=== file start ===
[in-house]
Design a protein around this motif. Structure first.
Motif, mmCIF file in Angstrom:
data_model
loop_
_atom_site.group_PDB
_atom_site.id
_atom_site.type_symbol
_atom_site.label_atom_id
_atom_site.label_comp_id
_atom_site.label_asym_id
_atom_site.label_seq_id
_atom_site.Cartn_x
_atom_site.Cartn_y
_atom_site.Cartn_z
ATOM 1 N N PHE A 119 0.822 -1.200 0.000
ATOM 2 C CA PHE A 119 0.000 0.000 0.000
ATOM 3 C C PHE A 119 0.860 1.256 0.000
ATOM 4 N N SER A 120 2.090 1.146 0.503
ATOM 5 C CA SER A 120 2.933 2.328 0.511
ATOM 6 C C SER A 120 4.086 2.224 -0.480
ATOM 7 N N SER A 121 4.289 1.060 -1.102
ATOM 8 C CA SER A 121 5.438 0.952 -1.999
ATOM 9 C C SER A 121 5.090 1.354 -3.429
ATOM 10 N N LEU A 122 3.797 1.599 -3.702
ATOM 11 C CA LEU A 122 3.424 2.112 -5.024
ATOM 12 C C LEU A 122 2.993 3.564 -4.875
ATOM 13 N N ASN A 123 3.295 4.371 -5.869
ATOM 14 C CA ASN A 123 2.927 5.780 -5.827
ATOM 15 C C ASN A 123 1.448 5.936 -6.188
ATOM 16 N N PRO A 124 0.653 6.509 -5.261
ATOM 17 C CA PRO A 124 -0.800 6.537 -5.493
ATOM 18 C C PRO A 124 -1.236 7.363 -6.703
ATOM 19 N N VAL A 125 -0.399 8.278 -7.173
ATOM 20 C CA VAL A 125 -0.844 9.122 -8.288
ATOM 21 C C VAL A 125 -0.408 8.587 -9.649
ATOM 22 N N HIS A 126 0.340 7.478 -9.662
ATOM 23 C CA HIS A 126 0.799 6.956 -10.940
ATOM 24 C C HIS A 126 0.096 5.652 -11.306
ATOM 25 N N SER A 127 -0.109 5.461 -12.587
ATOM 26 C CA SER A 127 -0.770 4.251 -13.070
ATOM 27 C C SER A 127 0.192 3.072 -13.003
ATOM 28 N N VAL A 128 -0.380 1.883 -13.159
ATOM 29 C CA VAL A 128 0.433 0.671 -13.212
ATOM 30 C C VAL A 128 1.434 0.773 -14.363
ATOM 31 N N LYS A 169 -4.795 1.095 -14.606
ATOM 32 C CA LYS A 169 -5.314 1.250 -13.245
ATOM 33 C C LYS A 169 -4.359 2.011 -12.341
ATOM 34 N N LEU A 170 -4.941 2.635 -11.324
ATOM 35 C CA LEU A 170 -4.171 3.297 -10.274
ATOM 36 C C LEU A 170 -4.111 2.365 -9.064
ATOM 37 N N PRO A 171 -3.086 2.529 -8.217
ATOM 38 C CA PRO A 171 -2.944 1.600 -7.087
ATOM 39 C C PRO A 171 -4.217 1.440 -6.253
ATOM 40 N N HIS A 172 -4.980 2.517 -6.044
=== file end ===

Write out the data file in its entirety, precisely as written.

[in-house]
Design a protein around this motif. Structure first.
Motif, mmCIF file in Angstrom:
data_model
loop_
_atom_site.group_PDB
_atom_site.id
_atom_site.type_symbol
_atom_site.label_atom_id
_atom_site.label_comp_id
_atom_site.label_asym_id
_atom_site.label_seq_id
_atom_site.Cartn_x
_atom_site.Cartn_y
_atom_site.Cartn_z
ATOM 1 N N PHE A 119 0.822 -1.200 0.000
ATOM 2 C CA PHE A 119 0.000 0.000 0.000
ATOM 3 C C PHE A 119 0.860 1.256 0.000
ATOM 4 N N SER A 120 2.090 1.146 0.503
ATOM 5 C CA SER A 120 2.933 2.328 0.511
ATOM 6 C C SER A 120 4.086 2.224 -0.480
ATOM 7 N N SER A 121 4.289 1.060 -1.102
ATOM 8 C CA SER A 121 5.438 0.952 -1.999
ATOM 9 C C SER A 121 5.090 1.354 -3.429
ATOM 10 N N LEU A 122 3.797 1.599 -3.702
ATOM 11 C CA LEU A 122 3.424 2.112 -5.024
ATOM 12 C C LEU A 122 2.993 3.564 -4.875
ATOM 13 N N ASN A 123 3.295 4.371 -5.869
ATOM 14 C CA ASN A 123 2.927 5.780 -5.827
ATOM 15 C C ASN A 123 1.448 5.936 -6.188
ATOM 16 N N PRO A 124 0.653 6.509 -5.261
ATOM 17 C CA PRO A 124 -0.800 6.537 -5.493
ATOM 18 C C PRO A 124 -1.236 7.363 -6.703
ATOM 19 N N VAL A 125 -0.399 8.278 -7.173
ATOM 20 C CA VAL A 125 -0.844 9.122 -8.288
ATOM 21 C C VAL A 125 -0.408 8.587 -9.649
ATOM 22 N N HIS A 126 0.340 7.478 -9.662
ATOM 23 C CA HIS A 126 0.799 6.956 -10.940
ATOM 24 C C HIS A 126 0.096 5.652 -11.306
ATOM 25 N N SER A 127 -0.109 5.461 -12.587
ATOM 26 C CA SER A 127 -0.770 4.251 -13.070
ATOM 27 C C SER A 127 0.192 3.072 -13.003
ATOM 28 N N VAL A 128 -0.380 1.883 -13.159
ATOM 29 C CA VAL A 128 0.433 0.671 -13.212
ATOM 30 C C VAL A 128 1.434 0.773 -14.363
ATOM 31 N N LYS A 169 -4.795 1.095 -14.606
ATOM 32 C CA LYS A 169 -5.314 1.250 -13.245
ATOM 33 C C LYS A 169 -4.359 2.011 -12.341
ATOM 34 N N LEU A 170 -4.941 2.635 -11.324
ATOM 35 C CA LEU A 170 -4.171 3.297 -10.274
ATOM 36 C C LEU A 170 -4.111 2.365 -9.064
ATOM 37 N N PRO A 171 -3.086 2.529 -8.217
ATOM 38 C CA PRO A 171 -2.944 1.600 -7.087
ATOM 39 C C PRO A 171 -4.217 1.440 -6.253
ATOM 40 N N HIS A 172 -4.980 2.517 -6.044